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How Do U.S. Aircraft Carriers Protect Themselves?

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How Do U.S. Aircraft Carriers Protect Themselves?

In the vastness of the ocean’s expanse, U.S. aircraft carriers stand as symbols of military might and technological prowess. These colossal vessels are not only pivotal in projecting power but also in sustaining peace through deterrence. Aircraft carriers aren’t cheap.

Even the older Nimitz-class ones that have been in use since 1975 cost about $8.5 billion a piece. The newest Gerald Ford-class ones are even more expensive, at $13.3 billion.

Those costs may seem astronomical, but there’s a reason for them. Aircraft carriers have extensive defensive measures that help them stay safe at sea. In this article, let us explore some of the many defense systems that keep these leviathans safe.

State-of-the-Art Defensive Weaponry and Detection

Protection for an aircraft carrier is a complex, layered strategy that incorporates cutting-edge technology and weaponry. It is a comprehensive suite designed to safeguard these valuable assets against an array of threats from above, below, and on the surface of the sea.

Every aircraft carrier is equipped with an array of radar systems. The SPY-1D radar, part of the Aegis Combat System on U.S. Navy carriers, is a state-of-the-art phased array radar that has the capability to perform search, track, and missile guidance functions simultaneously with a very high degree of accuracy.

Alongside surface-search radars, these systems can detect a variety of threats, ranging from low-flying, high-speed missiles to stealth aircraft, providing ample time for the carrier to react.

At the heart of close-range defense is the Phalanx CIWS, an automated system that can detect, track, and engage incoming threats with a high rate of fire. For longer-range engagements, carriers are equipped with various missile systems, such as the RIM-116 Rolling Airframe Missile (RAM) and the RIM-162 Evolved SeaSparrow Missile (ESSM), which are designed to intercept anti-ship missiles and aircraft.

Electronic Warfare: Jamming and Deception Tactics

In addition to physical munitions, electronic warfare systems play a key role in a carrier’s defense. The U.S. Navy is advancing its capabilities with a suite of new electronic defense systems, including lasers. The 2023 budget proposal prioritized development under the Navy Laser Family of Systems. This includes the High Energy Laser with Integrated Optical-dazzler and Surveillance (HELIOS) system.

Seven companies have been contracted under a five-year, $75 million agreement to produce and deliver high-energy laser prototypes. This tells you a little bit about the scale and investment the Navy is making in these technologies.

Advanced Fire Control Systems

Fires can be devastating on ships, and aircraft carriers have several protective countermeasures. Automated fire suppression systems aboard aircraft carriers are sophisticated and crucial for controlling and extinguishing fires, especially in highly volatile environments where fuel and ordnance are present.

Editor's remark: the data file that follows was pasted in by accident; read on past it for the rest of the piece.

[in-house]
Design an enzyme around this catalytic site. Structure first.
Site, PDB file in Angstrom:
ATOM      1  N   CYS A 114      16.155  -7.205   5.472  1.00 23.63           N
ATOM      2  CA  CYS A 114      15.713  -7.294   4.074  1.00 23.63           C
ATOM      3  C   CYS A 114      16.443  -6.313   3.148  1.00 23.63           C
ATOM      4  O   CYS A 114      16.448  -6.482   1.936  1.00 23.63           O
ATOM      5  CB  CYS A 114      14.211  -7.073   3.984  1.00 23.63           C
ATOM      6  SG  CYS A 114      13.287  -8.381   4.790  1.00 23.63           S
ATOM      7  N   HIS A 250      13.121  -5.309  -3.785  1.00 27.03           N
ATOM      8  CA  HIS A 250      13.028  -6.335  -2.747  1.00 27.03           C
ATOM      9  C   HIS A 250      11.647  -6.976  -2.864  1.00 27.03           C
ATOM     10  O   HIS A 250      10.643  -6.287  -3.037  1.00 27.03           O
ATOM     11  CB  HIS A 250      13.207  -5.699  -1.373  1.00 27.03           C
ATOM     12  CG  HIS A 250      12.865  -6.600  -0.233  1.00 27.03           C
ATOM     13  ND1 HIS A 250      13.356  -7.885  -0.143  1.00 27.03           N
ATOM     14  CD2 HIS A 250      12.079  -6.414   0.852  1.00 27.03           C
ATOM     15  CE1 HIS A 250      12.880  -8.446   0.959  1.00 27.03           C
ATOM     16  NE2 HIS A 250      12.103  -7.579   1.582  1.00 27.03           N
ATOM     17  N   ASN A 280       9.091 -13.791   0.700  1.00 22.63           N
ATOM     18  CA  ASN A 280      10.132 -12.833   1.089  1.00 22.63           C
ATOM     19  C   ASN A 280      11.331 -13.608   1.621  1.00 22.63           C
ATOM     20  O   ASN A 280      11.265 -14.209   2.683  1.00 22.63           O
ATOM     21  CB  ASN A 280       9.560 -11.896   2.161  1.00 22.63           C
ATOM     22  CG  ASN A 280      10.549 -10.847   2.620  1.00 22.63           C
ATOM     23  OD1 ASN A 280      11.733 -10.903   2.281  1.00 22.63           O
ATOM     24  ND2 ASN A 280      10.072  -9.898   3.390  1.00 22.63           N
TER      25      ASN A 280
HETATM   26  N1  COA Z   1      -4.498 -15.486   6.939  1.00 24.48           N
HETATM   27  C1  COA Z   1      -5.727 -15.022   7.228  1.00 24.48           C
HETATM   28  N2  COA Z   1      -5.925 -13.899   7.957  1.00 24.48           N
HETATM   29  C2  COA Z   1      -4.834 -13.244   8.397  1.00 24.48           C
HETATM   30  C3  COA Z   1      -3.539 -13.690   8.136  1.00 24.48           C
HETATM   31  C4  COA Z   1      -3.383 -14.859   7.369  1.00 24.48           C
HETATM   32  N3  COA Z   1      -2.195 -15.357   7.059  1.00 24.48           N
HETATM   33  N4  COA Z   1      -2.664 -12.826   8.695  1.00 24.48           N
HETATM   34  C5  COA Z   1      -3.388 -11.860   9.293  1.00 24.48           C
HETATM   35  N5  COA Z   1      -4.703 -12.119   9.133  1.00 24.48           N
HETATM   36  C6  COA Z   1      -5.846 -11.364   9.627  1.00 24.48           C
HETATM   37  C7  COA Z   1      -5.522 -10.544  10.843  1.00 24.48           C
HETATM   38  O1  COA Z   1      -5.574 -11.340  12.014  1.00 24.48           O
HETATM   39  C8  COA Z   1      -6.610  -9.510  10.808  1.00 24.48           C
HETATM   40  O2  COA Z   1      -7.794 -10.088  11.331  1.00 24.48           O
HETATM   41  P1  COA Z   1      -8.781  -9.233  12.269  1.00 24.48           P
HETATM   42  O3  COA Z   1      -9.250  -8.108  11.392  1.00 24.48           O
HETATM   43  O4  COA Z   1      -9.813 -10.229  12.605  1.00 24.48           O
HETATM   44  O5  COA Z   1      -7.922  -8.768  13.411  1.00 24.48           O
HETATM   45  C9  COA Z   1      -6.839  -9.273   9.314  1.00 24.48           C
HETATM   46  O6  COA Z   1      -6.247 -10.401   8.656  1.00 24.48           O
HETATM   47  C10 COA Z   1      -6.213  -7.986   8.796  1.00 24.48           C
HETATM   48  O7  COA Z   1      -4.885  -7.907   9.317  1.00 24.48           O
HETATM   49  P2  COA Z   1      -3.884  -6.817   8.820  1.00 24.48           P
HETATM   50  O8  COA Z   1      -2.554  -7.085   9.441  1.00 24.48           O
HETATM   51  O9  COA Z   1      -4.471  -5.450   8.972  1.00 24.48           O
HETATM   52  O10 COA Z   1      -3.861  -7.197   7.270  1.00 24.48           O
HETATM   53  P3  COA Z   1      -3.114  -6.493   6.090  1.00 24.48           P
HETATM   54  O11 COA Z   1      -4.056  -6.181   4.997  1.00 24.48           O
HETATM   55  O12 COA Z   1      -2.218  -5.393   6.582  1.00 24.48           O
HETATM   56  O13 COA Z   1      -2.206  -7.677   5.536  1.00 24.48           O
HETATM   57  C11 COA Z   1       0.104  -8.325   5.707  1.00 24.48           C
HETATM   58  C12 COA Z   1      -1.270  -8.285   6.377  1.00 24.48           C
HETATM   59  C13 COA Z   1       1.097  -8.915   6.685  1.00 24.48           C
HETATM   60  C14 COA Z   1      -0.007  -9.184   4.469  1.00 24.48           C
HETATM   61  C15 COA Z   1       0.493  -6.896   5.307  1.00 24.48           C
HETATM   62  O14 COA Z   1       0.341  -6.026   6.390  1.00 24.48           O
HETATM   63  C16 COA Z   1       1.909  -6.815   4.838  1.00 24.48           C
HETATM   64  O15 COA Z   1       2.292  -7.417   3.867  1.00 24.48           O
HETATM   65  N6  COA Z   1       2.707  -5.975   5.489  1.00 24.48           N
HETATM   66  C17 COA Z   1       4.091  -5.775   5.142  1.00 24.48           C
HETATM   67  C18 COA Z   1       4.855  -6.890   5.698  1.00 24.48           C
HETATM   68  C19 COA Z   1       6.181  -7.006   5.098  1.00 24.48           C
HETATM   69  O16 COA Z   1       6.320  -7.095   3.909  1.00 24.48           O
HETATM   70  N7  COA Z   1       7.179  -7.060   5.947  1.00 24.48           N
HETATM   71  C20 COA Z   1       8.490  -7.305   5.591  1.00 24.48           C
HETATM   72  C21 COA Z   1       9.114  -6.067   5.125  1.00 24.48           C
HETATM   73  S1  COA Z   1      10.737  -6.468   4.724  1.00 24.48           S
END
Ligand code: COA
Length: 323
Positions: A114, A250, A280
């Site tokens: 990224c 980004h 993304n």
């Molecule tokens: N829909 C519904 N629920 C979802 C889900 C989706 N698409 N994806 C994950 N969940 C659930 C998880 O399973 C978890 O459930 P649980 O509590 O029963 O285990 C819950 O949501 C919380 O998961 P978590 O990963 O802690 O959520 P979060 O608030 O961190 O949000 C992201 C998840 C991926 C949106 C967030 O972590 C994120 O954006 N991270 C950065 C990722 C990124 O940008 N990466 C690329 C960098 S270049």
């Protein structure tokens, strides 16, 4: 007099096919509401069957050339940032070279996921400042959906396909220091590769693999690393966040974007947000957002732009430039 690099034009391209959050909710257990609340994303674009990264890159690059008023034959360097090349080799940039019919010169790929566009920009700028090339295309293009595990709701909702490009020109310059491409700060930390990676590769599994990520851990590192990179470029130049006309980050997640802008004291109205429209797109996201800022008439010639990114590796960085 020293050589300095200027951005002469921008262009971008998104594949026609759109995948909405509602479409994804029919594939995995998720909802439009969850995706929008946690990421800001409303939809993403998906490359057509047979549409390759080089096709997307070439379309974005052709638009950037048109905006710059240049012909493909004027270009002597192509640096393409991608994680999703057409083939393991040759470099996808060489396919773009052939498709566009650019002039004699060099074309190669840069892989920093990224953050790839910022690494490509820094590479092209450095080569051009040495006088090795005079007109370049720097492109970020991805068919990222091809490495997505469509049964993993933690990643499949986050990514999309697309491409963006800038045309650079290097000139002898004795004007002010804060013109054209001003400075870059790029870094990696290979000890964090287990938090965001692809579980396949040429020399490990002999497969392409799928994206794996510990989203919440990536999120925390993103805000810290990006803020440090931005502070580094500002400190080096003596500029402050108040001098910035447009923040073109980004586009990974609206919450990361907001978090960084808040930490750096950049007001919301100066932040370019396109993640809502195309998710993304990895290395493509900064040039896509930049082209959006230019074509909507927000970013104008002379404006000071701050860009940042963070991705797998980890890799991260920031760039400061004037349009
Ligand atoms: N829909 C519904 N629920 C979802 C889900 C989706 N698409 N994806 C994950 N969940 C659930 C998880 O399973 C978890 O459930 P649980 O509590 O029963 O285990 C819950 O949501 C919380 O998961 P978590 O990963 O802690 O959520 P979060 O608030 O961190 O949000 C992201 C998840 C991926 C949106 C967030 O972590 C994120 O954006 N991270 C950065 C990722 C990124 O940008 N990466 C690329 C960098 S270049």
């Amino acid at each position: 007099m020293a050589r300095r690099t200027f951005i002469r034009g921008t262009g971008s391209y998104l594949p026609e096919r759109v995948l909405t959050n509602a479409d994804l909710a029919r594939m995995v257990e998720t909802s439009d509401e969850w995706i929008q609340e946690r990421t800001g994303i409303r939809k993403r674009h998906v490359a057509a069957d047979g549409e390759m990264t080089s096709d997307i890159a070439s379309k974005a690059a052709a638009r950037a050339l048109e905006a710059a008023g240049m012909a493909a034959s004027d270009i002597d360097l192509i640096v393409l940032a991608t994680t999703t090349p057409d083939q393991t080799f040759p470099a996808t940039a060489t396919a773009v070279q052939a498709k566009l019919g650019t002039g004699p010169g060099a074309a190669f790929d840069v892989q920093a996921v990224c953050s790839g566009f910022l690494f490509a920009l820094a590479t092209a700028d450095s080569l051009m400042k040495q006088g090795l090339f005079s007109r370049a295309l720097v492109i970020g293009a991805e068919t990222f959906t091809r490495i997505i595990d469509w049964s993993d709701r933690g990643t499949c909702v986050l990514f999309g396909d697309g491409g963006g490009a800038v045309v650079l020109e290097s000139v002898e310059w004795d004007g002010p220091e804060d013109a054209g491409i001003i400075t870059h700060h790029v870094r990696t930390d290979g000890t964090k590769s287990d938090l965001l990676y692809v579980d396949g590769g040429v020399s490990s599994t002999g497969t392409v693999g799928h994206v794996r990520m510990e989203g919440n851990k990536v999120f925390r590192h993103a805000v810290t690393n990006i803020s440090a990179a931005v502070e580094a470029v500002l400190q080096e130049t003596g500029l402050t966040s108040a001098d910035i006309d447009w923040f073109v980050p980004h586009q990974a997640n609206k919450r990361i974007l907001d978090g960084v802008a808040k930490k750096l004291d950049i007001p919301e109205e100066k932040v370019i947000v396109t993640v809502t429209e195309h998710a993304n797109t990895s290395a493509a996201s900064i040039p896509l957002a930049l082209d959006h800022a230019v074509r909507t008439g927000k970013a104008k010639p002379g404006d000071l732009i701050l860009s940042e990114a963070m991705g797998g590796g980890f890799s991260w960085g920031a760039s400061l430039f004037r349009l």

The two primary automated systems are the High-Expansion Foam (HEF) system for hangar bays and the Aqueous Film-Forming Foam (AFFF) system for flight decks. The AFFF system is designed to quickly suppress flammable liquid fires, such as jet fuel spills.

AFFF is stored in large tanks, often mixed with water in a concentrate. When activated, the AFFF concentrate is released into a proportioner that mixes it with seawater. On the flight deck, AFFF is delivered through a series of nozzles embedded in the deck surface, ensuring rapid and widespread coverage.

While the foam is highly effective at putting out fires, it is also toxic to humans. Cancer is a common side effect of exposure, and several veterans have considered filing AFFF lawsuit Navy cases.

AFFF is used everywhere, not just in the Navy. TruLaw notes one incident where a former Air Force firefighter alleged his prostate cancer was due to exposure to AFFF.

Due to these safety concerns, there is a significant push to find safer alternatives. The military has set a deadline that prohibits the use of fluorinated AFFF at military installations on or after October 1, 2024, or earlier if the Secretary determines compliance with this prohibition is possible.

This aligns with the new MILSPEC (Military Specification) issued on January 31, 2023, which dictates that any new foam purchased must contain less than 1 part per billion of PFAS chemicals.

Collaborative Safety Through Carrier Strike Groups

Successfully safeguarding an aircraft carrier goes beyond the hardware and electronic wizardry; it encompasses a set of well-thought-out operational strategies and tactics that involve every element of the Carrier Strike Group (CSG). This ensures a multidimensional defense posture capable of countering threats from all vectors.

This assembly of vessels includes destroyers equipped with Aegis missile defense systems, cruisers with advanced anti-aircraft capabilities, and submarines with stealth and strike power.

Together, they form a protective bubble around the carrier. Each unit within the group brings different capabilities to the table, creating a 360-degree defensive net.

Moreover, the fighter jets on board can be quickly launched to ensure air dominance and protect the carrier from enemy air attacks.


In the theater of naval operations, U.S. aircraft carriers remain beacons of strength and security in an unpredictable world. For the families and friends of those aboard an aircraft carrier, it’s natural to feel concerned about their loved ones given the high-stakes environment they operate in.

However, these carriers are not just equipped to project power; they are meticulously crafted to safeguard their crew.